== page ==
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For some time now, you have been master of the training room, you know how to effectively communicate with your learners. Reading body language is second nature to you so you know if any participant is becoming bored however that is seldom an issue became you vary the pace of your delivery by introducing interesting activities and keep your learners engaged.

Yet now because of the pandemic and social distancing the vast majority of training is online and all the certainties of the past have disappeared.

Now for some good news, all your skills have not deserted you, you just need to understand how to adapt to a different way of delivering training.-here are my thoughts as to how to adapt

Become comfortable and familiar with using online platforms

I was joking the other day to fellow trainer that I wish that I owned share in ZOOM prior to the pandemic such is the success of these online communication platforms that they must be making huge profits. There are many options available and I am not sure that any of them is so much better than the others-simply choose one that someone you trust recommends. Then practise practise and practise until you are totally familar with how it operates. My poor family were often called upon to be my pretend learners which had the advantage that I could nip into their room and understand how the controls and screen looked when attending a session as a learner as well as how my screen operated as host. I practised using a whiteboard, setting up break out rooms and all the other functions until they became second nature to me.

Participation

Well with the clever use of the mute/unmute and features like chat and reactions buttons you can encourage participation. You may use less ‘airshot’ style questions and more direct questioning simply because in online meetings when a question is not addressed to a specific individual participant tend to either all talk at once or no one replies to you. Additionally, of course most platforms allow you to see the attendees and you can watch their postures to understand if they are being distracted and bored.

What about group work?

Again, some good news if you like to include lots of opportunities for syndicate and group work-most of the online platforms include a  ‘Breakout rooms’ facility. In these rooms’ groups can work together on discussions, case studies, projects even creating and sharing whiteboards to present back to the rest of the participants just like you would have done on face to face courses. Even better in the physical training room organising people to go to a different room to work in small groups can seem like ‘herding kittiens’ however when training online at the press of a few buttons its all done for you.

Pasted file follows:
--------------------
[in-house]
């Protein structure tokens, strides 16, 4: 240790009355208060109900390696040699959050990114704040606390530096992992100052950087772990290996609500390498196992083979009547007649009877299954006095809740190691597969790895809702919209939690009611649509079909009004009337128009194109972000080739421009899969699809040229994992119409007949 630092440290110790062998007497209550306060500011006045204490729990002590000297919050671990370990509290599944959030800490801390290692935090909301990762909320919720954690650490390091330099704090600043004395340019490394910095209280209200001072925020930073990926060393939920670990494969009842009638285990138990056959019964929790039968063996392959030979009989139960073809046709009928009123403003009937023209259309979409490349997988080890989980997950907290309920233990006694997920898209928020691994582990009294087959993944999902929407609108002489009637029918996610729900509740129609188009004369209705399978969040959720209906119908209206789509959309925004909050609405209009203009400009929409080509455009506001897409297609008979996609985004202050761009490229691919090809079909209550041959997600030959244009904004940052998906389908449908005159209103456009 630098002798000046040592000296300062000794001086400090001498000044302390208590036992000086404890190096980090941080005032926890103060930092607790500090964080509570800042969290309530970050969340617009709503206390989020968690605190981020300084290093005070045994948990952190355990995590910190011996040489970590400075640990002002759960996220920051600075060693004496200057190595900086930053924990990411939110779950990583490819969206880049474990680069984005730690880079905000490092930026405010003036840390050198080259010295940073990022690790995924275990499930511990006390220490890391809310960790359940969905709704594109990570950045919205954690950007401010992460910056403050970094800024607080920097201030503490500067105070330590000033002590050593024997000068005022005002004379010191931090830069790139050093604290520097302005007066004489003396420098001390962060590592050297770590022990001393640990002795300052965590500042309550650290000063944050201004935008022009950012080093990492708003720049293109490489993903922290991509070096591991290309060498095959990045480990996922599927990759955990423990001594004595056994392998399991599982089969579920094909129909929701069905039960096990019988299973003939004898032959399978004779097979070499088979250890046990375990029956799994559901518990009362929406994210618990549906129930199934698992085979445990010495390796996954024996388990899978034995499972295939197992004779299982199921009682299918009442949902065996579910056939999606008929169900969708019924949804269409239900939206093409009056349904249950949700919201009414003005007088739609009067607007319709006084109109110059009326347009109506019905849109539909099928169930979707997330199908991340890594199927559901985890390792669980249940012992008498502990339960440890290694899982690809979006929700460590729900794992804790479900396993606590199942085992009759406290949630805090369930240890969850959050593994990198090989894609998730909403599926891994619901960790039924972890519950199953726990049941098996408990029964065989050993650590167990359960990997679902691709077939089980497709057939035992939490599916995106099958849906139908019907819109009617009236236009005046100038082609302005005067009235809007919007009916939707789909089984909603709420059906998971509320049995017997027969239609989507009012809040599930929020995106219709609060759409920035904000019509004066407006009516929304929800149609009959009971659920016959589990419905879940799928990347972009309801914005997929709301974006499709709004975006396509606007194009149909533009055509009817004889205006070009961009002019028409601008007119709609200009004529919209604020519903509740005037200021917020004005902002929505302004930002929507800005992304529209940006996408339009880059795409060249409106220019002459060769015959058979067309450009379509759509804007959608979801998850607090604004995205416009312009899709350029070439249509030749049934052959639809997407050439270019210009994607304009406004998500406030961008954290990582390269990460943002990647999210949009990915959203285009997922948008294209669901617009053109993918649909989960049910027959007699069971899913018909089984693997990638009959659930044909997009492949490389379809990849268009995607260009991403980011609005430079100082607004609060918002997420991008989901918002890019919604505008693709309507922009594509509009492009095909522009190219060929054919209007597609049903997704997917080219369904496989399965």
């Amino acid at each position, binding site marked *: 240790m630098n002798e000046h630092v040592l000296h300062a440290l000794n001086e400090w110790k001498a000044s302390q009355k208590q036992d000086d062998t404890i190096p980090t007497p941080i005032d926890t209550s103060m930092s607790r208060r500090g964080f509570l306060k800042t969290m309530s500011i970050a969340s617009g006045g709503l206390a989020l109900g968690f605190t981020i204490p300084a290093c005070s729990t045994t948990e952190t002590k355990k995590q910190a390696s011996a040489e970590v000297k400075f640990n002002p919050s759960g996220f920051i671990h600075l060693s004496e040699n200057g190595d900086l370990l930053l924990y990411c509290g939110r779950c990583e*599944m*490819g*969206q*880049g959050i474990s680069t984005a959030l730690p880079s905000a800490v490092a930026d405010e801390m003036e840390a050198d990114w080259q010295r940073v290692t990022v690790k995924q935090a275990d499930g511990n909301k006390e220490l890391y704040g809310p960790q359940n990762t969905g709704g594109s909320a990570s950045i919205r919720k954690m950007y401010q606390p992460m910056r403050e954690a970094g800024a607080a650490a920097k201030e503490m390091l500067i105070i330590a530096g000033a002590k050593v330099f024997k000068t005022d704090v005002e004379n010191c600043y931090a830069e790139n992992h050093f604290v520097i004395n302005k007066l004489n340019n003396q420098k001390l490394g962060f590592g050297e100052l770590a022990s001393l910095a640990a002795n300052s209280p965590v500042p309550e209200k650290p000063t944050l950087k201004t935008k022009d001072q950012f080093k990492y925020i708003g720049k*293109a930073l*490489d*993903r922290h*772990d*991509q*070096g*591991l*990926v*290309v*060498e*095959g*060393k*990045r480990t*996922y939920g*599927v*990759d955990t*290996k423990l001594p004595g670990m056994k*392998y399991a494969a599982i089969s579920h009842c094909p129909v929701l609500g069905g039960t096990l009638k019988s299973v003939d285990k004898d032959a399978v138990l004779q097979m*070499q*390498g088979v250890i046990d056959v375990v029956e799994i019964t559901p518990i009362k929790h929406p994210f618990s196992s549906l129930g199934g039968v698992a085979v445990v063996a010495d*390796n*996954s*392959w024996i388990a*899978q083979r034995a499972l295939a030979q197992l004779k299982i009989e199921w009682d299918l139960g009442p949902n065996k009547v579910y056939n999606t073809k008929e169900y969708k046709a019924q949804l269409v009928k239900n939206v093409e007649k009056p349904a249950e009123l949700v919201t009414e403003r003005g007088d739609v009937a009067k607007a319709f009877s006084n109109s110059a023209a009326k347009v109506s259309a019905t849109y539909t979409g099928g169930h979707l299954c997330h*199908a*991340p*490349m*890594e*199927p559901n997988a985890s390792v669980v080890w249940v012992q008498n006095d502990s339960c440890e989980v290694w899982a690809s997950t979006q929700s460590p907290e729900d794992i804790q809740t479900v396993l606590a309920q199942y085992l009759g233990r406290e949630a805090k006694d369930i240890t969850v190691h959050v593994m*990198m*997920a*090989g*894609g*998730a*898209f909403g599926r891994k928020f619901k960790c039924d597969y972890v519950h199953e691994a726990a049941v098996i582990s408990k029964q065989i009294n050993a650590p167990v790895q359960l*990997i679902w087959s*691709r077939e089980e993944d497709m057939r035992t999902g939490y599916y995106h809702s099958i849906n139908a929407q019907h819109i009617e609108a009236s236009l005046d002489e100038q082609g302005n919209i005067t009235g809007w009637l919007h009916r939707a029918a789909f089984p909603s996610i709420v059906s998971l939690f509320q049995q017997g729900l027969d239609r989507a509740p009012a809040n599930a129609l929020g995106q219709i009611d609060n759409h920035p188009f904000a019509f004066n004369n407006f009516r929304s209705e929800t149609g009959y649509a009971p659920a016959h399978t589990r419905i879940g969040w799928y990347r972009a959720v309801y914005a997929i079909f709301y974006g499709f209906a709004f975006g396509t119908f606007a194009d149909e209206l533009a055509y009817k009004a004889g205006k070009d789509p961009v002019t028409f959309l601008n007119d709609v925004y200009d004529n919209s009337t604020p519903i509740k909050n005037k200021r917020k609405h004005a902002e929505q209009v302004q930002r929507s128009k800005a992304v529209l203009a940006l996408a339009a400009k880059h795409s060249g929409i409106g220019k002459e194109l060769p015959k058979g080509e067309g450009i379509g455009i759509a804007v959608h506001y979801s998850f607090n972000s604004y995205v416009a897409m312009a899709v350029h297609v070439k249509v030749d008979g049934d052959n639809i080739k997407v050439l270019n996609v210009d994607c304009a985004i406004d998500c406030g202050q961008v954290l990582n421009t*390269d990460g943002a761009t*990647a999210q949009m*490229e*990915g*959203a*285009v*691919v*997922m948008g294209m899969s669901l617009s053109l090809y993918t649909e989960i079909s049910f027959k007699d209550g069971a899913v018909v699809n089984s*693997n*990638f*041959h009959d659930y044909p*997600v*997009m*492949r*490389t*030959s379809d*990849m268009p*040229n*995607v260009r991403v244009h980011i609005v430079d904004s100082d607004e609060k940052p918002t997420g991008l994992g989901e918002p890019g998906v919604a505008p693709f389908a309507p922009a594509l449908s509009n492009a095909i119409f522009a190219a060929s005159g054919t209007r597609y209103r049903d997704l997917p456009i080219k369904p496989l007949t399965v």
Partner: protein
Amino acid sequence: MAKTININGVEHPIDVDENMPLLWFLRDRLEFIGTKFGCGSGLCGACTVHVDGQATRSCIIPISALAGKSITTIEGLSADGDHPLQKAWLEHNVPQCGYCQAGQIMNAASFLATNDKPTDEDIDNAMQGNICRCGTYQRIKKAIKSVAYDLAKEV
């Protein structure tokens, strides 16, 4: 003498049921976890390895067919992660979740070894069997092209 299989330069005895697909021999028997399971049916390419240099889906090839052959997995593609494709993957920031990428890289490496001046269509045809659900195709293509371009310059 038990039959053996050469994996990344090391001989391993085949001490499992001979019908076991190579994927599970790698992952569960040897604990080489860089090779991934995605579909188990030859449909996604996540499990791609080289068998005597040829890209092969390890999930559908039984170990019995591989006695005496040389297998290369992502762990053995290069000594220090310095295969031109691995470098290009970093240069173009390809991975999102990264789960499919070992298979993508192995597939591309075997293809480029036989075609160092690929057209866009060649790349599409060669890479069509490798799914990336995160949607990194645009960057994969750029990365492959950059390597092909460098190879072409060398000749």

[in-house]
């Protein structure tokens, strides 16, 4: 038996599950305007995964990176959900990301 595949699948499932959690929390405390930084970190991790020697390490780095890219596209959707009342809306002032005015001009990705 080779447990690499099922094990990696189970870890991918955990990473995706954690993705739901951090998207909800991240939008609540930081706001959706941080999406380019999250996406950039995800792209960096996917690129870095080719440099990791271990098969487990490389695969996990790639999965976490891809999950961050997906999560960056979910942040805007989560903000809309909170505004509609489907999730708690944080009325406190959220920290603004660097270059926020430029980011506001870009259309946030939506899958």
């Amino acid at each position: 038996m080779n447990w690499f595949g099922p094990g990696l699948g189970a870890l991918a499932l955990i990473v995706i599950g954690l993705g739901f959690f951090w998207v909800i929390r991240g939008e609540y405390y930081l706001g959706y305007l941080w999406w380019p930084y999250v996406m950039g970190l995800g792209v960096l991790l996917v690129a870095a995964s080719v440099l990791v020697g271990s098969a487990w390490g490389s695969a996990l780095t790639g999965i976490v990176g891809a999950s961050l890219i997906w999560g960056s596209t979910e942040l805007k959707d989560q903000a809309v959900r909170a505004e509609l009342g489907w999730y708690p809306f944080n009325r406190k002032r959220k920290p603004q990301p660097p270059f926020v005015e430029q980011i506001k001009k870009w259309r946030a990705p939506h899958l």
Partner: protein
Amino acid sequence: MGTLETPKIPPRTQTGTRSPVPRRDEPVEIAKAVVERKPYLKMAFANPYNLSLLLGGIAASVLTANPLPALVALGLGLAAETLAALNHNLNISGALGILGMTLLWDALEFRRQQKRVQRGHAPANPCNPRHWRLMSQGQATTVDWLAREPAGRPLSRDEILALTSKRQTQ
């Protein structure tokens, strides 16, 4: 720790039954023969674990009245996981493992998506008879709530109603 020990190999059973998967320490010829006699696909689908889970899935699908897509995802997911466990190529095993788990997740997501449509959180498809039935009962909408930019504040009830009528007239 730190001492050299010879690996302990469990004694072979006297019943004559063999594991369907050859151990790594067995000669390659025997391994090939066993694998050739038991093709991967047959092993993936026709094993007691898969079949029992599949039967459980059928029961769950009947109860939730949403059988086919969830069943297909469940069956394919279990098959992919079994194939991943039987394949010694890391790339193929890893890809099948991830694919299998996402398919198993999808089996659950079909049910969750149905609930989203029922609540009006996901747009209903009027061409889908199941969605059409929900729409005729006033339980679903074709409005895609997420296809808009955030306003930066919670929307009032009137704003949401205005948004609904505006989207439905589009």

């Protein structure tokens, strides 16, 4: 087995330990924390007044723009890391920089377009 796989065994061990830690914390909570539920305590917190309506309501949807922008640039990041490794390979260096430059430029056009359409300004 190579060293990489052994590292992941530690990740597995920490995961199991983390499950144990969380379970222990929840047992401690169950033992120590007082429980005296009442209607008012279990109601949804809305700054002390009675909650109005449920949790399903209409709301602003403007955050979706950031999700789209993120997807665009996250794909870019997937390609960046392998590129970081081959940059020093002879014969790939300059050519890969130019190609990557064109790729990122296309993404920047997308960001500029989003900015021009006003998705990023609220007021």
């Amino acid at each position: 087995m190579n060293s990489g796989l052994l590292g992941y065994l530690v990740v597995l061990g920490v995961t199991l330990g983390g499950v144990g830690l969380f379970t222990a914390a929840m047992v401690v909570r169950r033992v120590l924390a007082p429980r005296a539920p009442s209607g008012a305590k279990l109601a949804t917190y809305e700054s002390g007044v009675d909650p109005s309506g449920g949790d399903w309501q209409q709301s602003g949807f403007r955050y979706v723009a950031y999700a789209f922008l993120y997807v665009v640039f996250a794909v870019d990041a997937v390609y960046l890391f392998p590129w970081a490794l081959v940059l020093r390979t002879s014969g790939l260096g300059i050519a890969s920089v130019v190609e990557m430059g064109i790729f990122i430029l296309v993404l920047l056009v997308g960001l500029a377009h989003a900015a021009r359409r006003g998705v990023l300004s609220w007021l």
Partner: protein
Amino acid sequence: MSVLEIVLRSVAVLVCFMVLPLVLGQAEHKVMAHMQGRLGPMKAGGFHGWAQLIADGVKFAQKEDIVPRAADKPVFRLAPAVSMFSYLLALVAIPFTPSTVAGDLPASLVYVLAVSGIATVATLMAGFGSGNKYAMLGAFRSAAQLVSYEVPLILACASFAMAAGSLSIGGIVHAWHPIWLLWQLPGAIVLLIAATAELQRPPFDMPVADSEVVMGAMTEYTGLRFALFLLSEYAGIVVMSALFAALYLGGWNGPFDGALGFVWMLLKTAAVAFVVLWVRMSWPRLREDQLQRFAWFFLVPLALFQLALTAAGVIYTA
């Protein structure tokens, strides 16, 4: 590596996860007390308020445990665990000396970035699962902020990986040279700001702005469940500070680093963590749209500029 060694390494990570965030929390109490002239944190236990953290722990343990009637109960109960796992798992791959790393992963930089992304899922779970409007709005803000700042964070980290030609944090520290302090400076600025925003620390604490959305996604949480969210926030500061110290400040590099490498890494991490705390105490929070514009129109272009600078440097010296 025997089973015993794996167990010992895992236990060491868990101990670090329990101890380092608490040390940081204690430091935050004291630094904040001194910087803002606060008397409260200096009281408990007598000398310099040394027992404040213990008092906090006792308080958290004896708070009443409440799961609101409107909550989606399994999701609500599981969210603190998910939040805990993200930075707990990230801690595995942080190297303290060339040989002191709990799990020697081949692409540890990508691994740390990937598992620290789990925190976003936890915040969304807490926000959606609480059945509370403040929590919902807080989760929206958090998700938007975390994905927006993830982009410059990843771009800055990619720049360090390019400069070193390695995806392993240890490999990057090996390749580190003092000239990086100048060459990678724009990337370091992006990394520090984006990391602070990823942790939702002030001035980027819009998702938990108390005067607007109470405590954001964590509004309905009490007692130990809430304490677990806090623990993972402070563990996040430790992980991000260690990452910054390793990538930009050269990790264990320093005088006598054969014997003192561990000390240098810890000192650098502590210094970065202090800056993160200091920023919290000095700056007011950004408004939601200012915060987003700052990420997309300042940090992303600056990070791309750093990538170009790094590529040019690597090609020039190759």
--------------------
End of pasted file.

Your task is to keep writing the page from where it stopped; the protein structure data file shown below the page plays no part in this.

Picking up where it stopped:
WIFI unreliable?

But what if my WIFI goes down -yes that’s a possibility but in times past so was a transport break down on the way to the training venue. London Underground is notorious for its delays and often Learners were caught up with this and you coped with that so why not now? WIFI problems your end? Well if you appoint a co-host they can take over if the problem is your end until your link is restored.

In short all the good skills that made you the great trainer in the ‘real’ training room are transferable ,maybe in a slightly different format, but nevertheless still very transferable for the world of online training.

Still not sure about training online or know people in your organisation that are struggling with this and want further help?  Why not contact me as I offer courses and coaching in how to train online?

Book your free 20 minute appointment to discuss this using www.accidentaltrainer.co.uk/contact/